May 20, 2009 at 11:16 am |
  6. AG

    So if you and your child make a decision it is Child Abuse...But what do you call it when the courts rush in and forcefully take a child from their parents using Sheriff's and Court orders? I am sure that leaves no psychological damage to either party. One of my closest friends had this happen...they forced blood transfusions on him, against his wishes-via a court order...threatened to sedate him if he fought against it..., and the state took custody of t the child. Guess what? He died anyway despite the doctors best efforts! These doctors need to get rid of their God complex and let families make reasonable decisions about their medical treatment. In my case, my friend was doomed from the beginning...he had a very active case of Leukemia...you could have transfused him every 15 minutes and he would have still died...I guess all of the stress from the threats and court orders only helped to speed up the process. There is no shame in dying. We are all going to do it someday.

    May 20, 2009 at 11:16 am |
  7. Yuna

    I agree 100% with Toobin! As much as I believe that "adults" can choose to believe and worship as they wish, this is a child who can not make his own decisions. This is a matter of life and death situation and this woman (mom) maybe brainwashed in her "cult" of religion (because some religions are like that) but she does not have the right to choose to let her son die because of her "religion" and that's what is going to happen if this child does not get the medical treatment. Anyone who disagrees with me and Toobin and 90% of the educated world should go back to school and become educated in the facts of medical science. Heck, it's just common sense. My heart breaks for these kids who are stuck with parents that are so closed minded and unfortunately, some of them die because the parents refuse to face realtiy and would rather live in their "religious world".

    May 20, 2009 at 11:12 am |
  8. Joe

    Whatever happened to freedom of religion?

    Keep the government out of family affairs.

    May 20, 2009 at 11:12 am |
  9. Charles Felterson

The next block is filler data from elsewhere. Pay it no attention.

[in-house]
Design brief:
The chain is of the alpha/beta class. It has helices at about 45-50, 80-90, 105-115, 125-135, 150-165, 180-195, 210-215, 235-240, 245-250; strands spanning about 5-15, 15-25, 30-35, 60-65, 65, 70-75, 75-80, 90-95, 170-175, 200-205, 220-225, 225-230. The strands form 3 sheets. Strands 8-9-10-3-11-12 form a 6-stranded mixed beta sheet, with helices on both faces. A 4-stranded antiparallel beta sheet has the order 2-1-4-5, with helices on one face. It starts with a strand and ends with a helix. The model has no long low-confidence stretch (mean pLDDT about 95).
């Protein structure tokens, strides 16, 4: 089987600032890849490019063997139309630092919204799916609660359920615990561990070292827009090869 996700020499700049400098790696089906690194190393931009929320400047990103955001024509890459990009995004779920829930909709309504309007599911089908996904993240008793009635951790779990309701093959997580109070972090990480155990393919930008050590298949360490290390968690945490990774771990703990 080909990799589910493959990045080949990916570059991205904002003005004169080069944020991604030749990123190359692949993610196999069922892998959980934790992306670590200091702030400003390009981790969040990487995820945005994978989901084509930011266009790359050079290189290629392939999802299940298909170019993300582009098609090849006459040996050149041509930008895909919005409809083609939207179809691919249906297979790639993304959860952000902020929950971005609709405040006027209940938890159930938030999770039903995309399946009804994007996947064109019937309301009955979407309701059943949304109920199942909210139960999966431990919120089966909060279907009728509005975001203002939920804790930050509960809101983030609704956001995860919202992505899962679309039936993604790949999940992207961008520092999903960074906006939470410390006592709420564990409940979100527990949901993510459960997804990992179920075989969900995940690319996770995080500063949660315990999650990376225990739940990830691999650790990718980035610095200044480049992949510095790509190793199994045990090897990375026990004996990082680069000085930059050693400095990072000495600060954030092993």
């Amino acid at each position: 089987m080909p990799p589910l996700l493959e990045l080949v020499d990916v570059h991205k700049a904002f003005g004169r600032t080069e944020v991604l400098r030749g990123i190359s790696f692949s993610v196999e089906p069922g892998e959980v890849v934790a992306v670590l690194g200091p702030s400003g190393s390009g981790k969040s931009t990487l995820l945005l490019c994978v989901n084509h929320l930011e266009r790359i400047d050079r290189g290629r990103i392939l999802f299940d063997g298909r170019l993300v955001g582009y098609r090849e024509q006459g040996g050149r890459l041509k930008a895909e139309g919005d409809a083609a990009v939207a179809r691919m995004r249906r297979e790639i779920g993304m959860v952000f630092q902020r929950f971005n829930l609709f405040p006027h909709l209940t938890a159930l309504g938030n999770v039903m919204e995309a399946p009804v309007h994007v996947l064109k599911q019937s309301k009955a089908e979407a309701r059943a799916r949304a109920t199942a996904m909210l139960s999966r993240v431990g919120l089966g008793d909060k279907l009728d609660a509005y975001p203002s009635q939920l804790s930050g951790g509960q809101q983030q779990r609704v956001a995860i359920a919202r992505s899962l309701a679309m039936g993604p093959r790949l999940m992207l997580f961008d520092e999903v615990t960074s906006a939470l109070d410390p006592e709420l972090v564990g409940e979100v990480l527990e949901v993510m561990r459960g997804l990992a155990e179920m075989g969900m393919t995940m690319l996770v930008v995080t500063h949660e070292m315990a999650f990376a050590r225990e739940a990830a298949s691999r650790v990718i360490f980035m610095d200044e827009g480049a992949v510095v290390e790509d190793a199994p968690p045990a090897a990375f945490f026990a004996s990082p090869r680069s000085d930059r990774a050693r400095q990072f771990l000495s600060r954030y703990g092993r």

I find this an extraordinary story. I am disappointed by the lack of sympathy from both the media (Anderson Cooper), and the system(the police). My heart goes out to the mother. Completely. I am a father of four. I have a son with a congenital condition, and frankly, the farther he stays away from a hospital, the better. I have watched two loved ones, my mother and my father-in-law die in the hospital like animals to slaughter, guinea pigs, horrible deaths without dignity or peace, and everyone said it was right, but it wasn't. My mother's operation was supposed to be routine! Nobody even apologized when they killed her. She doesn't even know her grandchildren now. I wanted to do what this mother did but didn't have her courage. I didn't want to be hunted down for opposing a brutal and uncaring system with doctors, who, excuse me, are on their way to their four o'clock tee time.

    I wanted to rescue my father-in-law, who went to the best, and as sure as I'm here alive and well without a doctor, they killed him. I wanted to take him to the shoreline he loved and wrap him in a blanket and give him a Bombay Martini the way he liked it and let him die in peace if he was going to die. I wish I had done it. I wish I had taken my mother someplace beautiful to live, instead of letting her die in the hospital. A lot of people feel the way I do, but they too are afraid to end up on the wrong side of the law.

    I say good for the mother. Give me a mother's love over the hospital any day. Toobin is an idiot!

    May 20, 2009 at 10:53 am |
  10. Jim M

    Some persons may raise doubts as to the "government" getting involved with medical and other care for children and so called conflicts with parental rights. The old Roman law principal of "patria potestas", where the father had life and death authority of even adult children has been modified through the centuries.